2. I would like to take this news to recognize the wonderful job of Nepal to protect its very valuable wildlife and biodiversity. It is the best example that a "poor" country can get significant results if politics are completely committed to this cause. Nepal is on the good way to reach the objectives of the Tx2 project, which aims to double the population of tigers in the world by 2022 compared to 2010. Western Nepal has a tremendous potential to recover, and Chitwan National Park has one of the highest densities of tigers of the Indian Sub-continent.
  3. I let you a brochure from the Tx2 WWF website. Tigers should be reintroduced by 2019. It is expected that the plan will receive a formal approval by the cambodian government in 2016. According to the plan, tigers sourcing should be secured by 2017. Until 2019, number of rangers will increased thanks to WWF fundings, prey density monitoring will continue to reach targets, anti-paoching activities will strengthen to ensure the previous goals.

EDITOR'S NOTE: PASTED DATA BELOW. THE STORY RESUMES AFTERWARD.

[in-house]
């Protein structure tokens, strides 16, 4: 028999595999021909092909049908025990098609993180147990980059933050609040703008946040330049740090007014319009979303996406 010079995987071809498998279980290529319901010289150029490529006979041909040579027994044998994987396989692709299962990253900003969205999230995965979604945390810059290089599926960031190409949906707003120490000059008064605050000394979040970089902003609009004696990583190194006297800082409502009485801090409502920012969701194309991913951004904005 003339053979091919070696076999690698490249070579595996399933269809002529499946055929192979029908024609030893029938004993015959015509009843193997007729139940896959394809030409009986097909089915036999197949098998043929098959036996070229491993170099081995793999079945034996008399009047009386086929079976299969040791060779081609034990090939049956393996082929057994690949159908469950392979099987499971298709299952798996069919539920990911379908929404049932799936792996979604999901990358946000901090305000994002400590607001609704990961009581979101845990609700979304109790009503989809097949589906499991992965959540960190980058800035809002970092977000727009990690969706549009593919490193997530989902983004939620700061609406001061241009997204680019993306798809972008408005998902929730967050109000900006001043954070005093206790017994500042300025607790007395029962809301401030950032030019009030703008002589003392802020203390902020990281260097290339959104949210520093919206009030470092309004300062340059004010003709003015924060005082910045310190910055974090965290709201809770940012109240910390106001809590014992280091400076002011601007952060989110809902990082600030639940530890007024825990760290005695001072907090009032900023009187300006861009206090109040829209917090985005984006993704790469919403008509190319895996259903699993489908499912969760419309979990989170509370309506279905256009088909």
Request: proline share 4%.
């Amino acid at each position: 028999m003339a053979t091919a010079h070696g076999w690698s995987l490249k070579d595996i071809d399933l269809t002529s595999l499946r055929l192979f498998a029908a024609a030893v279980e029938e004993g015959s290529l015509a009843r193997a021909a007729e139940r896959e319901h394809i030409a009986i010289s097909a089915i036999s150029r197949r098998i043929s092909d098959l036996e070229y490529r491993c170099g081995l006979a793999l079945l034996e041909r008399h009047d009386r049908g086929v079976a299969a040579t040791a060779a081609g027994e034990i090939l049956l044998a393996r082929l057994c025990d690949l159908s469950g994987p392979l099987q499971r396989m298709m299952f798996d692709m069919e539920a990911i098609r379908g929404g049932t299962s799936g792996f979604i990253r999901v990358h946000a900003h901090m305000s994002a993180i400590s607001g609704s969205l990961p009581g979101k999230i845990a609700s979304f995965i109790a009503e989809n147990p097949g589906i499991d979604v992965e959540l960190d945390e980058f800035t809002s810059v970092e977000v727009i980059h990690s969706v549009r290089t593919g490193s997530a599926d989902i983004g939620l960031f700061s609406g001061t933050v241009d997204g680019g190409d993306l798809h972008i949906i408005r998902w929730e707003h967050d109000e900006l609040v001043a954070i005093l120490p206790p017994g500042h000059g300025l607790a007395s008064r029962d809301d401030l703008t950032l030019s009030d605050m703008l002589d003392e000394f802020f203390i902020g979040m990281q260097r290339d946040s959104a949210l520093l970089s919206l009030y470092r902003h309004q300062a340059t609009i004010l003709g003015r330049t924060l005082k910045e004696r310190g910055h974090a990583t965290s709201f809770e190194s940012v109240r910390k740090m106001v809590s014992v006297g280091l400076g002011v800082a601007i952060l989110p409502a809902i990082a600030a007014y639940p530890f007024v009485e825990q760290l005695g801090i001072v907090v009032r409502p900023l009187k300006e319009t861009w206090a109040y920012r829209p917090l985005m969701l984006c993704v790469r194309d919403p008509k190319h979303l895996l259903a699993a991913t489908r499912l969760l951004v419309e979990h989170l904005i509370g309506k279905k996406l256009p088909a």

4. The ZSL has focused its work on Parsa Wildlife reserve in Nepal in order to increase the population of tiger around Chitwan, which is reaching is carrying capacity according to tiger experts. Their work lead to the expansion of Parsa reserve, which will now include the Bara protected forest. Increasing tiger habitat in Parsa and protection within Bara is expected to contribute to a tiger increase in the greater chitin landscape of Terai, which is the next step to fulfill the goals of Tx2. Nepal is on the good way to double its tiger population by 2022 and to reach the goal of 250 tigers.
  5. Bhutan will soon announce the results of its tiger census on Global Tiger Day (July 29th), a mid-point on the path leading to the goal to double the global tiger population (Tx2 commitment). I have the idea we will receive good news! Bhutan hosts tigers living over 4000 meters, the highest ever observed on earth. There is a documentary on youtube showing the Panthera expedition to confirm the rumors.